The Momentum Indicator Explained – What is the Momentum Indicator?

Momentum Indicator Explained

The use of indicators in Technical Analysis (TA) has a long history of development and success to the chagrin of fundamentalists and academics. As with forces in nature, financial markets tend to move in waves as prices gyrate back and forth in search of a balance between buyers and sellers of the chosen instrument. As a rule, under these circumstances, prices also tend to overshoot their targets or overextend their current trends.

A special class of indicators was created to focus on these oversold and overbought moments in pricing behaviour. These indicators go by the name of “Oscillators”, and the Momentum Indicator (MOM) is just one of many to be found in this classification. Oscillators are also helpful when no visible trends are present during extended ranging periods. Slight price changes when inserted in the indicator formula can still reveal the presence of a trading opportunity.

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Oscillators are based on changes in price that are measured in a specific way to produce insights and typically follow a set of three rules:

  • Alerts at the extremes, i.e., oversold or overbought conditions, are the most useful.
  • Secondary signals can be triggered when the oscillator and price diverge in different directions.
  • Oscillators have a mid-line, sometimes displayed as a zero line, and the crossing of this midpoint can also be a useful signal that directional changes are imminent.

momentum indicator overview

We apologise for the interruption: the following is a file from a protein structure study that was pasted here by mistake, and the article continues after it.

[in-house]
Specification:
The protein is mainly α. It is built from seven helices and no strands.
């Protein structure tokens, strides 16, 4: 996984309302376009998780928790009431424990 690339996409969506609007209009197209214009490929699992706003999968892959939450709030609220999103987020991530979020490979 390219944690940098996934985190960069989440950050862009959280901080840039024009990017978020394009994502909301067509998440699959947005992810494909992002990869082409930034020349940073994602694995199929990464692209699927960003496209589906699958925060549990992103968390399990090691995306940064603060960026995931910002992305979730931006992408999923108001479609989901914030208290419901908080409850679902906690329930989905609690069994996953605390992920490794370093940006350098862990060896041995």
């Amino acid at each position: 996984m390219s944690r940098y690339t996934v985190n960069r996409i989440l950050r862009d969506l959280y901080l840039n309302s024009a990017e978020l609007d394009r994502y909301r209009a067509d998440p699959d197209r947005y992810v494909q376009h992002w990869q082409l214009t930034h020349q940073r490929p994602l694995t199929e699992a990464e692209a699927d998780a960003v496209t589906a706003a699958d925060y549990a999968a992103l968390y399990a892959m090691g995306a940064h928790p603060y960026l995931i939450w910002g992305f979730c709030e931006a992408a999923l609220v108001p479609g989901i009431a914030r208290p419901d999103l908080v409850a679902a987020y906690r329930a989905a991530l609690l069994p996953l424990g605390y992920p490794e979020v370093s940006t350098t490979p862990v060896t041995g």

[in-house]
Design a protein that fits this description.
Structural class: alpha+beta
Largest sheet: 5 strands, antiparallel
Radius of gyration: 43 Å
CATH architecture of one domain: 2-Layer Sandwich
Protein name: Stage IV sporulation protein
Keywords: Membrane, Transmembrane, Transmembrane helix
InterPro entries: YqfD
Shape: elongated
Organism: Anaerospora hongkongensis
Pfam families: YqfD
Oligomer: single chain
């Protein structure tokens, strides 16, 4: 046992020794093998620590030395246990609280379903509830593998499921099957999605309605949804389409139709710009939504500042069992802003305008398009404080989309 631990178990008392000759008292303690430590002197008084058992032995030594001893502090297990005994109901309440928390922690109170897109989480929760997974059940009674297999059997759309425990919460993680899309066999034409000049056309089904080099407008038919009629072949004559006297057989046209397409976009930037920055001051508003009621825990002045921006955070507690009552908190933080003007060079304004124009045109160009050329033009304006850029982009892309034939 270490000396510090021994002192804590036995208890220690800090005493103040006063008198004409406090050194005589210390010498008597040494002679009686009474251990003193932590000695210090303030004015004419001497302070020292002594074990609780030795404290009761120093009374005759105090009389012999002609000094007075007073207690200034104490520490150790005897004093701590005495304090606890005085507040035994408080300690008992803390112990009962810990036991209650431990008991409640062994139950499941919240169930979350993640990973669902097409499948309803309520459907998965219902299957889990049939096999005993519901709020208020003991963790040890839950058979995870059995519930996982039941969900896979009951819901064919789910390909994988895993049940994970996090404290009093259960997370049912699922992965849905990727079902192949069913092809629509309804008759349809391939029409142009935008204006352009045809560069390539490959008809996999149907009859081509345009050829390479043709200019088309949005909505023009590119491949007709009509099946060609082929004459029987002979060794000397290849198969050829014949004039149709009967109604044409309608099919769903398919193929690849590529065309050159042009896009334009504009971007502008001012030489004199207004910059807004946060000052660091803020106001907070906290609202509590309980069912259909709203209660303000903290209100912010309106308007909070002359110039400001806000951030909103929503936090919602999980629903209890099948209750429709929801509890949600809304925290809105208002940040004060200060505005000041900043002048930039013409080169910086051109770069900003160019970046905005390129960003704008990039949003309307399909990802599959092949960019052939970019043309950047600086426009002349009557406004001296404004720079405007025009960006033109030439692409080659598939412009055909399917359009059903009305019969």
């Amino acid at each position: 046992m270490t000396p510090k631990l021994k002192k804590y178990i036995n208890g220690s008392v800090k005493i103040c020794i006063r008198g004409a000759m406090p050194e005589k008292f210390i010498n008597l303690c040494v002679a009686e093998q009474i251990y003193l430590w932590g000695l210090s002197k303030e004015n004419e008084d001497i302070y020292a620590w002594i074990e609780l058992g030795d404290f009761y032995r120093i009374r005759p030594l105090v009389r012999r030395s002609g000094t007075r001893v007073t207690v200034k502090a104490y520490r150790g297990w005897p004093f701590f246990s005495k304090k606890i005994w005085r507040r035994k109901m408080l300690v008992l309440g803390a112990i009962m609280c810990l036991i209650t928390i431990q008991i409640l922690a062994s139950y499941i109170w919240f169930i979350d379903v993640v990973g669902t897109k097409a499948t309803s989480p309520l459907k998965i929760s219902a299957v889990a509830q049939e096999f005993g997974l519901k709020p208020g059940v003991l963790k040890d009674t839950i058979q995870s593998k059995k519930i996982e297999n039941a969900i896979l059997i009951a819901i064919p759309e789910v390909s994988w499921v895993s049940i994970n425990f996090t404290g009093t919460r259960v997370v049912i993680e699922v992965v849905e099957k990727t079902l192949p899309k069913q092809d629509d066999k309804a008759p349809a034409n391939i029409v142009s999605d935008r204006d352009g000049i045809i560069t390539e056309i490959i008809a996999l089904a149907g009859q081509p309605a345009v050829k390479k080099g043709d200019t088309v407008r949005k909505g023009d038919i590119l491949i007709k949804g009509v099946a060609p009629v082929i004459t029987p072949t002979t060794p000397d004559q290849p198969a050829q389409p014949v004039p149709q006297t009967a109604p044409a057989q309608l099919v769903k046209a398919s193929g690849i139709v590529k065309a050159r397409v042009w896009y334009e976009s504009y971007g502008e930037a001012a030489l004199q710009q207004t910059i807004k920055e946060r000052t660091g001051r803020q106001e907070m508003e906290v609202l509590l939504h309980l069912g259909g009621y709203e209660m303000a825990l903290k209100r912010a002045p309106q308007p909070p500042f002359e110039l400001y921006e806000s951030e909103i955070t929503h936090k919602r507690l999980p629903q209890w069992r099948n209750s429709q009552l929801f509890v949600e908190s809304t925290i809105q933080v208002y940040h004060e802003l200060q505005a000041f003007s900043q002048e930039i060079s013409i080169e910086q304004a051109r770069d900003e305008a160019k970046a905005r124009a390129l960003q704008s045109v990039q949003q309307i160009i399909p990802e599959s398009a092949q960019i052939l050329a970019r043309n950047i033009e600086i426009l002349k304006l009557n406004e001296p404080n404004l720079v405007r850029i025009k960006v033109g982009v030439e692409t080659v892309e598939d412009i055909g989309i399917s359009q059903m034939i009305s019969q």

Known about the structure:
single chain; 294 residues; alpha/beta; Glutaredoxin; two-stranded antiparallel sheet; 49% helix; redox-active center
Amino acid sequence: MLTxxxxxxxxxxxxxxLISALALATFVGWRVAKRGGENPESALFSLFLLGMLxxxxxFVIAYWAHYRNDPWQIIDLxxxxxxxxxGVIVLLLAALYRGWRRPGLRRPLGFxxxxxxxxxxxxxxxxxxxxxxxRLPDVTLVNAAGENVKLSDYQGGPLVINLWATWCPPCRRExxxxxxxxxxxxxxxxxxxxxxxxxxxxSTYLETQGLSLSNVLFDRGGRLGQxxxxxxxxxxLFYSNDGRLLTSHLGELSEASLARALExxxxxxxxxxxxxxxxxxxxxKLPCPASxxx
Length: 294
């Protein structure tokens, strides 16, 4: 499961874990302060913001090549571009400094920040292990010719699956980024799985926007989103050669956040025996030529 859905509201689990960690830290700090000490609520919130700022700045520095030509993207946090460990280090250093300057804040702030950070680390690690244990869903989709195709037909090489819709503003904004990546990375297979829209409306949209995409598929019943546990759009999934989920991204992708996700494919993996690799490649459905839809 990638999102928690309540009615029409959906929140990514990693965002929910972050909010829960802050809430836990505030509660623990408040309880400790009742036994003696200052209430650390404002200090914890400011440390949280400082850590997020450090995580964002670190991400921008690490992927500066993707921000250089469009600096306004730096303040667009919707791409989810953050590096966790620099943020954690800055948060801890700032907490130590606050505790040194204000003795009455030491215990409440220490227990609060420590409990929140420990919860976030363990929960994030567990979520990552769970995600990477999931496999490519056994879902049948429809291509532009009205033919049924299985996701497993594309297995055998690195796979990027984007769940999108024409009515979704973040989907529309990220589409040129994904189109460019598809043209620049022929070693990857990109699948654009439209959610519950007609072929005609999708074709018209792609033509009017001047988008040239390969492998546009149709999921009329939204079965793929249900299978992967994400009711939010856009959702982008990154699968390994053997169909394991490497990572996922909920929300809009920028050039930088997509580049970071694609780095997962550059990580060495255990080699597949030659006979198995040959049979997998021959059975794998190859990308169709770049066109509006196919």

The Momentum Indicator is another member of the Oscillator family of technical indicators. The creator of the Momentum Indicator is unknown, but Martin Pring has written much about the Indicator. It attempts to measure the momentum behind price movements for the underlying currency pair over a period. Traders use the index to determine overbought and oversold conditions and the strength of prevailing trends.

The Momentum indicator is classified as an oscillator since the resulting curve fluctuates between values about a centreline, which may or may not be drawn on the indicator chart. Overbought and oversold conditions are imminent when the curve reaches maximum or minimum values.

However, the word “momentum” is a general term in trading parlance. There may be some confusion when searching for this indicator since there are two versions in use. The overview chart shown above is courtesy of eToro. Its proprietary charting system displays Version 1, a simple representation that subtracts the current closing price from the closing price from 14 periods back.